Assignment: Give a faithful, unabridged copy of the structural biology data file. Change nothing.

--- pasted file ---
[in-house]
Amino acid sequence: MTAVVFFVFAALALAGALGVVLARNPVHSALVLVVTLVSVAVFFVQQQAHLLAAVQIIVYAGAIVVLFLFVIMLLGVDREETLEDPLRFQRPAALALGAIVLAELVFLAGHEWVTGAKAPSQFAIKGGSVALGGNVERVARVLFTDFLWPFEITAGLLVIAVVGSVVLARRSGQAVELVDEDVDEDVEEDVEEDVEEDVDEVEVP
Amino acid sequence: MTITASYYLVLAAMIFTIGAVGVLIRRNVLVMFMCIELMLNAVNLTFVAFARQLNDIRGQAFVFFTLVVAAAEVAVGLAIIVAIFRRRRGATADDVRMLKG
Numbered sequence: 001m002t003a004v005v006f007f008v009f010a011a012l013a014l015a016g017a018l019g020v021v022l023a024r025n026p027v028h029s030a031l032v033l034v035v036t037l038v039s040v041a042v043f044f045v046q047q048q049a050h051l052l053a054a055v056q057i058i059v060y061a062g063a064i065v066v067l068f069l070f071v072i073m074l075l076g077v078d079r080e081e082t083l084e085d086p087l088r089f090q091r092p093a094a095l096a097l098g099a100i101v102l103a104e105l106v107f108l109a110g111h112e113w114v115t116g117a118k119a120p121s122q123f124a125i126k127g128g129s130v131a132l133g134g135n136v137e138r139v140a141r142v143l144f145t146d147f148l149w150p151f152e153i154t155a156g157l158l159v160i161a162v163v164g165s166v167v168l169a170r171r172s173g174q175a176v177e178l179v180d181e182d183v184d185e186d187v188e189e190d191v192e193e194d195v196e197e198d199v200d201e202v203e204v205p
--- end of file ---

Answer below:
[in-house]
Amino acid sequence: MTAVVFFVFAALALAGALGVVLARNPVHSALVLVVTLVSVAVFFVQQQAHLLAAVQIIVYAGAIVVLFLFVIMLLGVDREETLEDPLRFQRPAALALGAIVLAELVFLAGHEWVTGAKAPSQFAIKGGSVALGGNVERVARVLFTDFLWPFEITAGLLVIAVVGSVVLARRSGQAVELVDEDVDEDVEEDVEEDVEEDVDEVEVP
Amino acid sequence: MTITASYYLVLAAMIFTIGAVGVLIRRNVLVMFMCIELMLNAVNLTFVAFARQLNDIRGQAFVFFTLVVAAAEVAVGLAIIVAIFRRRRGATADDVRMLKG
Numbered sequence: 001m002t003a004v005v006f007f008v009f010a011a012l013a014l015a016g017a018l019g020v021v022l023a024r025n026p027v028h029s030a031l032v033l034v035v036t037l038v039s040v041a042v043f044f045v046q047q048q049a050h051l052l053a054a055v056q057i058i059v060y061a062g063a064i065v066v067l068f069l070f071v072i073m074l075l076g077v078d079r080e081e082t083l084e085d086p087l088r089f090q091r092p093a094a095l096a097l098g099a100i101v102l103a104e105l106v107f108l109a110g111h112e113w114v115t116g117a118k119a120p121s122q123f124a125i126k127g128g129s130v131a132l133g134g135n136v137e138r139v140a141r142v143l144f145t146d147f148l149w150p151f152e153i154t155a156g157l158l159v160i161a162v163v164g165s166v167v168l169a170r171r172s173g174q175a176v177e178l179v180d181e182d183v184d185e186d187v188e189e190d191v192e193e194d195v196e197e198d199v200d201e202v203e204v205p